Where I would probably put a diode in the waveguide near the dummy load, and
when reflected radiation is detected, move the tuner to scan for the
position that minimizes reflected power.
I would use a solenoid, but I don't know if they can be accurately
positioned. Maybe a solenoid in combination with an LVDT?
I am building a microwave plasma jet and plan to inject glassy ceramic
material into the flame to be melted and deposited. I suspect that varying
rates of material deposition will change the load impedance and require
continuous tunning.
Christopher R. Thompson
Student of Mechanical Engineering
California State Polytechnic University, Pomona
CSUHome: http://www.csupomona.edu/~cthompson1/
MyHome: http://christoffur.hopto.org/
Email: mailto:Christoffur-No-SpamIt-050@Verizon.Net

"relatively fast" meaning what? What the inertial load?
What's your bandwidth requirement and required position accuracy?

You can do some simple calculation assuming sinusoidal movements to
determine your power requirement. This will help to select an
approproate actuator. Check out the following:
http://www.sampledsystems.com/pdfs/1995_SPIE_Voice_Coil.pdf

3.75 inches is a large stroke.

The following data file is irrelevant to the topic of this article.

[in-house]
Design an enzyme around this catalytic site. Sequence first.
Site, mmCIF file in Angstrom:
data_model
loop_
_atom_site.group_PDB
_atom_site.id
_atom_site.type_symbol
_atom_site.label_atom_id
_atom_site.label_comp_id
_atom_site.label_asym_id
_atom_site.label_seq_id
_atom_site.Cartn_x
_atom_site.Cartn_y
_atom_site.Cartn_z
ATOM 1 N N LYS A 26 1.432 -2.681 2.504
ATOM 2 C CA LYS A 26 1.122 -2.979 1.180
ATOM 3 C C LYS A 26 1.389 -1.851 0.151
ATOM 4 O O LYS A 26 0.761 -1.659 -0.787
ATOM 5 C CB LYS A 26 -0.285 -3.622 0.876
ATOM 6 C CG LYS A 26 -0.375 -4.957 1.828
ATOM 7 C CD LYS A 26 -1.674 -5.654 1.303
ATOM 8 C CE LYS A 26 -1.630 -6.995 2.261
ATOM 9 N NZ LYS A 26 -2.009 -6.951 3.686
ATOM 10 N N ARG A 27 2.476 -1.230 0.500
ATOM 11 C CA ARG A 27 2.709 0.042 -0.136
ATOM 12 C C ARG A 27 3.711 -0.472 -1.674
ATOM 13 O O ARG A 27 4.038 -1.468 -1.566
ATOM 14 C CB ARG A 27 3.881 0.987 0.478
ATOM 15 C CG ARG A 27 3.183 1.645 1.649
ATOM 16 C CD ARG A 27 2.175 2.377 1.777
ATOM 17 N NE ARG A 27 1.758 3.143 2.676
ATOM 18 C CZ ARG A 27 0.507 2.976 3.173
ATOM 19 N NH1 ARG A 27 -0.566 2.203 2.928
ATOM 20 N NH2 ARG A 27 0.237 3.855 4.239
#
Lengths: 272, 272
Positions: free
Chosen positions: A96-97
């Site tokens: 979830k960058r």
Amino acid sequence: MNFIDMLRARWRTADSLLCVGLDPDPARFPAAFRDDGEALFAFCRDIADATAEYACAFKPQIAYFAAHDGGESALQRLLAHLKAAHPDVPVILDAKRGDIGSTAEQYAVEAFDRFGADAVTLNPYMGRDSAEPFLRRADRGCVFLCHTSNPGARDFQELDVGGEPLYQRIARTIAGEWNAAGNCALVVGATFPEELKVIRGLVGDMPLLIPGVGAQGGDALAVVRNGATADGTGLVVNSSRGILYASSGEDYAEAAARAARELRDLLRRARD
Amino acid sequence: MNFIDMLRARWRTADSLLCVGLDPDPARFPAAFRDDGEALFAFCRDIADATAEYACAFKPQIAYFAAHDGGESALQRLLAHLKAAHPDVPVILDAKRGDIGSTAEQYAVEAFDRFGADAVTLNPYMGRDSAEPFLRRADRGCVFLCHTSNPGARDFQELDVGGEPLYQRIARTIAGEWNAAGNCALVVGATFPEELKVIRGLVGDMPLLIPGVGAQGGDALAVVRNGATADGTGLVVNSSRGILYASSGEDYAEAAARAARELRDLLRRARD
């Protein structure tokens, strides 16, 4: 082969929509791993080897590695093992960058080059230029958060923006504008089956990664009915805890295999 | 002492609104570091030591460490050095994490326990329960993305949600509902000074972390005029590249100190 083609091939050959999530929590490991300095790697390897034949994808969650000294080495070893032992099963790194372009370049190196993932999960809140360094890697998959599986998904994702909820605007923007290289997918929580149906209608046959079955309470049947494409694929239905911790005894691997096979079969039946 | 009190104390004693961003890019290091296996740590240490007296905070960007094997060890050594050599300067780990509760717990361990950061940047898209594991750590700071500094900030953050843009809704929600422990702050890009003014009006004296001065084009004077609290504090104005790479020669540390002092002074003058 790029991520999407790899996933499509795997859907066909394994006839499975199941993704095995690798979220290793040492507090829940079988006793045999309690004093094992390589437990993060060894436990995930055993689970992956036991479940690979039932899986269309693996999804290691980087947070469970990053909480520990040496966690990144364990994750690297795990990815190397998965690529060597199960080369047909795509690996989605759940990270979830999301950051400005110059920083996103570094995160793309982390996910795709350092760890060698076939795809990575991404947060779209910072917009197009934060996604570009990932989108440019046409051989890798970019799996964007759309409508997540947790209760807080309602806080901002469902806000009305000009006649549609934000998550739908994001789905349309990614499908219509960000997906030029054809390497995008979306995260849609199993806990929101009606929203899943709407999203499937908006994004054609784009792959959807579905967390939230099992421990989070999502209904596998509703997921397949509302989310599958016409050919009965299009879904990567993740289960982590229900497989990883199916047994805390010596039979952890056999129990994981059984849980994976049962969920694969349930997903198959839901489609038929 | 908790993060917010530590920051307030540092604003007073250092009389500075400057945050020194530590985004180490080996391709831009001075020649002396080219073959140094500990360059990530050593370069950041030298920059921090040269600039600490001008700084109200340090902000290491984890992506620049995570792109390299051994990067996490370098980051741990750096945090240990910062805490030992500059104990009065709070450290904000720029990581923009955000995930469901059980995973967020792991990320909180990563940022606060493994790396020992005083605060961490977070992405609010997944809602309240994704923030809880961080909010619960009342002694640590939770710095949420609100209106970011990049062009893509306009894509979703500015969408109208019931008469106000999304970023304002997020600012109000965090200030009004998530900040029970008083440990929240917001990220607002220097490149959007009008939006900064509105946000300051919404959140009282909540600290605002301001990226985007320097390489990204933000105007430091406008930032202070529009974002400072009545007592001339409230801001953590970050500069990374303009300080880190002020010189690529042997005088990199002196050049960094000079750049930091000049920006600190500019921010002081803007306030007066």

You'll have a hard time getting a bandwidth larger than 100 Hz.
BEI has some state of the art commercial linear actuators and lots of
good application notes. Their model LA19-40-000A as a +/- 0.9 inch
motion (1.8inch total stroke).

http://www.beikimco.com/
http://www.beikimco.com/products/linearvoicecoil.php

or maybe a linear motor is better for your application.
You can searh on "fast steering mirrors" (FSM) for info on fast
actuators to get other ideas, but nothing with a 3.75 inch stroke.
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Jerry Avins
science forum Guru


Joined: 03 May 2005
Posts: 534

PostPosted: Tue Jul 11, 2006 10:08 pm    Post subject: Re: LVDT Reversibility? Reply with quote

Jerry Avins wrote:

...

Quote:
I have a few old 5" full-height 5-megabyte hard disks with stepper
motors and ban-around-a drum drives to position the head. 050 is welcome
to all or part of one, including the drive transistors.

My junk pile turned up a linear actuator with a 5" stroke. It consists
of a six-lead rotary stepper motor with hollow shaft that is threaded
1/4-16 acme. (Remarkably little backlash. Loaded ball nut?) At 24
steps/turn -- a wild guess -- the resolution is about .0026", although
the backlash may exceed that. Half stepping will halve that.


There is a driver chip in the package (and a spare), but no wiring diagram.

Hurst Mfg Corp
Instrument motor
Model No LAS
Part No 3602-001
12 Volts DC